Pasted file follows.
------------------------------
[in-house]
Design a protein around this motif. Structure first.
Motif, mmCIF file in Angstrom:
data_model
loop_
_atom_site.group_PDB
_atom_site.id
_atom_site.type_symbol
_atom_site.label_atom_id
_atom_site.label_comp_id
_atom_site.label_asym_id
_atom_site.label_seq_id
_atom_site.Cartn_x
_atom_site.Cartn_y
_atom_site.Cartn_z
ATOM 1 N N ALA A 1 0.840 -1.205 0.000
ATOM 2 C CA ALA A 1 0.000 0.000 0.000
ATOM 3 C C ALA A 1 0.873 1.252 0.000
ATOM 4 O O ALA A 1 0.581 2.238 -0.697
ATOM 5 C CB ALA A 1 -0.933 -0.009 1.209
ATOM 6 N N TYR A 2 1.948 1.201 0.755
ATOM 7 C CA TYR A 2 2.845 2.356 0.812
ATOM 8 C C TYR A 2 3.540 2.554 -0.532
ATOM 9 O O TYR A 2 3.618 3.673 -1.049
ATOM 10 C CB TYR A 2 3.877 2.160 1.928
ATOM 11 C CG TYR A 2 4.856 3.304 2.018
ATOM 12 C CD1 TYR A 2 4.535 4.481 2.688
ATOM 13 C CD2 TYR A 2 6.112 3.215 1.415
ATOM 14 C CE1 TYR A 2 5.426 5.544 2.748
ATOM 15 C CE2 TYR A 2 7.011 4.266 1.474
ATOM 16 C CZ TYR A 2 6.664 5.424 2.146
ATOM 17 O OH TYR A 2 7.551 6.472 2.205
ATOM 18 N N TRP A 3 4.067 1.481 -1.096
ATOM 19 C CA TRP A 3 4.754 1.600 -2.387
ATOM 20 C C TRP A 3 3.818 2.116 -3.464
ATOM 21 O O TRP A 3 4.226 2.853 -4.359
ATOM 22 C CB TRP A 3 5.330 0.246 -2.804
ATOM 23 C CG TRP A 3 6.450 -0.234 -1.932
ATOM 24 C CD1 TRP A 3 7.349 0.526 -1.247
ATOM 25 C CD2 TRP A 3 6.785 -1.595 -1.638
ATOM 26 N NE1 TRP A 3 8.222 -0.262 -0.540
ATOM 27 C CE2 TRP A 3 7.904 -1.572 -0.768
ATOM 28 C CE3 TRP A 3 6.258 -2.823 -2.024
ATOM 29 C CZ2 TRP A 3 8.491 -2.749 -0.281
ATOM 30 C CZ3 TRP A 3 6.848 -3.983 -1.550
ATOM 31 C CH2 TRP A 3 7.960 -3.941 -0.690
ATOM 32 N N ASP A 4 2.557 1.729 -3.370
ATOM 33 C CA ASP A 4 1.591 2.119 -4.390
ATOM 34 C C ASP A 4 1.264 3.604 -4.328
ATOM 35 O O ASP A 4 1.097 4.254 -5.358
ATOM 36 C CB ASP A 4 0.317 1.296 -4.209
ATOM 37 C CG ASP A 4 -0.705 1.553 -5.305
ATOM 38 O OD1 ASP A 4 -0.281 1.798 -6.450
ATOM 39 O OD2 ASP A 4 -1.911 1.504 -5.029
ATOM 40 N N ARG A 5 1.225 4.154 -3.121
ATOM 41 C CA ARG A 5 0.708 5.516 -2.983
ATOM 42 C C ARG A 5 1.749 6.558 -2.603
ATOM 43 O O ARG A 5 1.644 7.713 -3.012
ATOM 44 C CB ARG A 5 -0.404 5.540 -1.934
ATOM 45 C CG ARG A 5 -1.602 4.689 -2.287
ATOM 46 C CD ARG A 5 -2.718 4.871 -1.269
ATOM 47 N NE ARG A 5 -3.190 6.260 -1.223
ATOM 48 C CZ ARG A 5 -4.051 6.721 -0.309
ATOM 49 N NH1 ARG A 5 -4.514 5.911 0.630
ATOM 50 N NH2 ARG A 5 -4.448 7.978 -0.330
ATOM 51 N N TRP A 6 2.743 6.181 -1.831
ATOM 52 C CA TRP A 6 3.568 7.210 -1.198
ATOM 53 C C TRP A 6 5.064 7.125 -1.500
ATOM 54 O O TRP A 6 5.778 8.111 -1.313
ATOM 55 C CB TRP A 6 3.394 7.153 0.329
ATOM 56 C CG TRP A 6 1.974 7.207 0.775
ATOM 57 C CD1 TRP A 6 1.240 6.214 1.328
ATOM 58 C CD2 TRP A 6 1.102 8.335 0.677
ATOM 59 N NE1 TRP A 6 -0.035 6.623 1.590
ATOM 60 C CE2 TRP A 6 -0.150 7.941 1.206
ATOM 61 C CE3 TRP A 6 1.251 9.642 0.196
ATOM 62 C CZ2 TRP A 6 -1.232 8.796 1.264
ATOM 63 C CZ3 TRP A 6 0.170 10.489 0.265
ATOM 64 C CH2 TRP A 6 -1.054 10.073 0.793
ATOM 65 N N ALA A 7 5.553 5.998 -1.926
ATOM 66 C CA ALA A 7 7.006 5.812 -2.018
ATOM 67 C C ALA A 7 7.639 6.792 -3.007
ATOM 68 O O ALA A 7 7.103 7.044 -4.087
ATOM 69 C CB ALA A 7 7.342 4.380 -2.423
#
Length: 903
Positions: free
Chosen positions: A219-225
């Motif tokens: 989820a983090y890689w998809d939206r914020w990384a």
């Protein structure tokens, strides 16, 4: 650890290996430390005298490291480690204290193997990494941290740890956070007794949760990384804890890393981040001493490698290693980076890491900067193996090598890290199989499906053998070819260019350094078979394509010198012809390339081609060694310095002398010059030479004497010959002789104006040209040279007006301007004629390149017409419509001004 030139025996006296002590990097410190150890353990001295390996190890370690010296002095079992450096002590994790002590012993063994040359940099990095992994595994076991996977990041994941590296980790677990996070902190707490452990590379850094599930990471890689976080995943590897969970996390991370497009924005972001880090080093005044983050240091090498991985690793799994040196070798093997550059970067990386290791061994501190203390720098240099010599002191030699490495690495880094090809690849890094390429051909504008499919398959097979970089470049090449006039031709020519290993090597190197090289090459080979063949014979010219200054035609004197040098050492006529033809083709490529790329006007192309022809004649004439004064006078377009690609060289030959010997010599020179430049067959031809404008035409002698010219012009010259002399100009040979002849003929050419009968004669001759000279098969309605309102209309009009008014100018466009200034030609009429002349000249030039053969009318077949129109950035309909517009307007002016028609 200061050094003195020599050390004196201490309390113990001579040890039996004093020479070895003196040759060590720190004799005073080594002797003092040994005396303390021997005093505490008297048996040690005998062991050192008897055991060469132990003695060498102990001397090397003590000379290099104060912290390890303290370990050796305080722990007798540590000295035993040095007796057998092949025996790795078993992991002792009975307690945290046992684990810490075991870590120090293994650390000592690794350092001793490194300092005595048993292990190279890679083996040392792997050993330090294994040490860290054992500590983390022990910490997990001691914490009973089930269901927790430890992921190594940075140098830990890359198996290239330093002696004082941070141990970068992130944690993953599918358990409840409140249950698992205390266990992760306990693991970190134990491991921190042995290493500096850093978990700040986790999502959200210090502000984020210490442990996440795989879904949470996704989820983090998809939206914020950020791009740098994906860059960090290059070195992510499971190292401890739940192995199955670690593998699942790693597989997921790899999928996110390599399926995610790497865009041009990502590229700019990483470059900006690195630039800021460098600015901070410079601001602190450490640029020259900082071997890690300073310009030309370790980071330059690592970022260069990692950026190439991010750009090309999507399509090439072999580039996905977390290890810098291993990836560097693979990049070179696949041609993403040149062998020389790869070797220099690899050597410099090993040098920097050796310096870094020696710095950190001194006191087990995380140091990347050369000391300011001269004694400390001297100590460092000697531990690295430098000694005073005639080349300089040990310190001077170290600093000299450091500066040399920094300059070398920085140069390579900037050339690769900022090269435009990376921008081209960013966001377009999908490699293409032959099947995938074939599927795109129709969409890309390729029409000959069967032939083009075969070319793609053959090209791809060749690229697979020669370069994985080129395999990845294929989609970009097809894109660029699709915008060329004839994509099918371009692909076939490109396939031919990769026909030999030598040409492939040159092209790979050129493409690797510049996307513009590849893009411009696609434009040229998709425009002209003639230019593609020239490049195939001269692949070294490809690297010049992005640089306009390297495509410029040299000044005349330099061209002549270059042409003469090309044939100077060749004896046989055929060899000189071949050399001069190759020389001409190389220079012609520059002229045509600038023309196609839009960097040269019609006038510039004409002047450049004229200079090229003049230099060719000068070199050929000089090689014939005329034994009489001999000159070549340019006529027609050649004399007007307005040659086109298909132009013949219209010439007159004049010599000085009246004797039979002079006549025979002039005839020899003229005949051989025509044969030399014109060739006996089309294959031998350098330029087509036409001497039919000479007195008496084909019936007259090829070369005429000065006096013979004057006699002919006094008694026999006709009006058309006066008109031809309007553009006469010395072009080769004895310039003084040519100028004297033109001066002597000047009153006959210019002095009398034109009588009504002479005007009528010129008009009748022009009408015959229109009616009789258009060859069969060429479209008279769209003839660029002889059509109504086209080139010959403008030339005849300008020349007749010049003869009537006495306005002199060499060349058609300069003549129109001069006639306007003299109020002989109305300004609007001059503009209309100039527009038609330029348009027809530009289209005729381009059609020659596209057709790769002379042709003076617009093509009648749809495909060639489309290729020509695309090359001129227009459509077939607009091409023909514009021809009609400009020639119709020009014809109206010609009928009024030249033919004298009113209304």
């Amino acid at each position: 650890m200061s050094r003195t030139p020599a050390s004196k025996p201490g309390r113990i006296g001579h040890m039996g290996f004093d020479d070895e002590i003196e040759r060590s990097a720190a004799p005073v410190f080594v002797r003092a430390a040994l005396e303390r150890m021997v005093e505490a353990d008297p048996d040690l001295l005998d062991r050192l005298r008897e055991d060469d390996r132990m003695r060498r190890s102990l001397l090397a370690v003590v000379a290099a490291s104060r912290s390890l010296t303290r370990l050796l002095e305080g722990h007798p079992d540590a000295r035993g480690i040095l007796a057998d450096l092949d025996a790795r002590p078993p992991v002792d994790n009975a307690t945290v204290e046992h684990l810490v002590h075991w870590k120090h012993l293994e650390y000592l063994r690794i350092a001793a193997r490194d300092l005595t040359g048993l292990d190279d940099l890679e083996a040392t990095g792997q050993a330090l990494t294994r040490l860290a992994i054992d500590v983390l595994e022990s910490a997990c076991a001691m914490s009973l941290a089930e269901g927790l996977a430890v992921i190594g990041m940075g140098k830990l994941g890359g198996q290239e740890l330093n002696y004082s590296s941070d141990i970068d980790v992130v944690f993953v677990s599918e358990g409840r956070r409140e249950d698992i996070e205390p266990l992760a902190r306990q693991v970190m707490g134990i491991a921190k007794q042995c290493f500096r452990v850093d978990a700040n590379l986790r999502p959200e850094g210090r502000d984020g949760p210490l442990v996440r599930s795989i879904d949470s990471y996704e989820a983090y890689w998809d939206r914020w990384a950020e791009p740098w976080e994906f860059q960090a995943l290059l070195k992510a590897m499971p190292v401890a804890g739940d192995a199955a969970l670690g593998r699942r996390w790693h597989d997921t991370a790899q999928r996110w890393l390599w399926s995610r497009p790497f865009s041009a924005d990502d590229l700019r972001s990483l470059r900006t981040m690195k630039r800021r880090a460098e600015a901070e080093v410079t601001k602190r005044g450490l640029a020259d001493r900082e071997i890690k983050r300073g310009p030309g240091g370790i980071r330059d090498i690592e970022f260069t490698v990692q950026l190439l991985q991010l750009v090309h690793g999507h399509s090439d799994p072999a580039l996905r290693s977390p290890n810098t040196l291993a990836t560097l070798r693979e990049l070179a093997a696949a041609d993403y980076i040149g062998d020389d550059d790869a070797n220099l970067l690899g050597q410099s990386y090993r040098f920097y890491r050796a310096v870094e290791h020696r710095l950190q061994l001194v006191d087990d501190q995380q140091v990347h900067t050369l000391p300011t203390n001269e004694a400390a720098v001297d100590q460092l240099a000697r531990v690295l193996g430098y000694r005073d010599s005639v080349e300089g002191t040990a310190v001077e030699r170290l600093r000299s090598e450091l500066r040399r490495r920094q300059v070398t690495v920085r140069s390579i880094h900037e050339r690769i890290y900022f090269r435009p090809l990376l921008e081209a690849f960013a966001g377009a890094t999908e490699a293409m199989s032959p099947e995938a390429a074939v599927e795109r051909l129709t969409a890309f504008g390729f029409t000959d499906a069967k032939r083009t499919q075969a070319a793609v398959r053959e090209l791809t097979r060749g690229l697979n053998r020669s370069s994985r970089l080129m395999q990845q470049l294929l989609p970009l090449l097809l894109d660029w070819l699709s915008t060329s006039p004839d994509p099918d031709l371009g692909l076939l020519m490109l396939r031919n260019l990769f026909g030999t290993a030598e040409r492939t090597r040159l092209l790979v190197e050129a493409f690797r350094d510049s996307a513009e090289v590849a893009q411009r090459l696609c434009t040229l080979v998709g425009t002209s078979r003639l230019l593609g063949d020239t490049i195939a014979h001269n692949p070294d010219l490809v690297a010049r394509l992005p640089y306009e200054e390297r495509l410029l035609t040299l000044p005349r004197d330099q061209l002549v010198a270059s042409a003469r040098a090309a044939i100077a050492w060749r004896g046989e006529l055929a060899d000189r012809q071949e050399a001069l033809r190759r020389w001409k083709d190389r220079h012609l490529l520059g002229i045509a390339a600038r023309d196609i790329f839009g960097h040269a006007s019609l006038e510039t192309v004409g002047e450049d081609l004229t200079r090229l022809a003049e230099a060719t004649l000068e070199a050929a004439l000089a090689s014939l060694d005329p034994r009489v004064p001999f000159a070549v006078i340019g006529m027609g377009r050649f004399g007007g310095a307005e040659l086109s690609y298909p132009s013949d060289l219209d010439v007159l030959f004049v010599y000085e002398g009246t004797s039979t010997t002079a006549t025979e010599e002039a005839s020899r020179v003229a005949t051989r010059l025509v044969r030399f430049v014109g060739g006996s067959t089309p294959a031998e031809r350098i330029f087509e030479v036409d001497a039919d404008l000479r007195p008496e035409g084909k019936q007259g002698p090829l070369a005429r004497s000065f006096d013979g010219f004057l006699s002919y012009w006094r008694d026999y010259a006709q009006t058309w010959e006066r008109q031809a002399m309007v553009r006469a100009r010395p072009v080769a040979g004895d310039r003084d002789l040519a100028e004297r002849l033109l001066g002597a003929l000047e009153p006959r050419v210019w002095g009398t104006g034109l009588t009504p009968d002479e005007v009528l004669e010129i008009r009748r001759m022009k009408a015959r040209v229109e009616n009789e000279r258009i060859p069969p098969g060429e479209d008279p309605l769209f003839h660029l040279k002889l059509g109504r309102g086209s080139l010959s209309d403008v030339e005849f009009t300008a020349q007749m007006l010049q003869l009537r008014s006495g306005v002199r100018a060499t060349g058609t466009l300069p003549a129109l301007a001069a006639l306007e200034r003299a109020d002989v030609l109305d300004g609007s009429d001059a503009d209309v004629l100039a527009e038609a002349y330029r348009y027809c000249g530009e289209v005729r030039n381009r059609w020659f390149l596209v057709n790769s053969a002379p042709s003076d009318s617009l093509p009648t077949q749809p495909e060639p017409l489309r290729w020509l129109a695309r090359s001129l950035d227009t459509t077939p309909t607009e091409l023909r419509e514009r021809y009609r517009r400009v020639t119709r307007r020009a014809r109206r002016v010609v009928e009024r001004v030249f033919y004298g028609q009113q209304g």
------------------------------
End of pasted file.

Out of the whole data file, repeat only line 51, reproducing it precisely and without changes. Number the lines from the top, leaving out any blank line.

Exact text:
ATOM 36 C CB ASP A 4 0.317 1.296 -4.209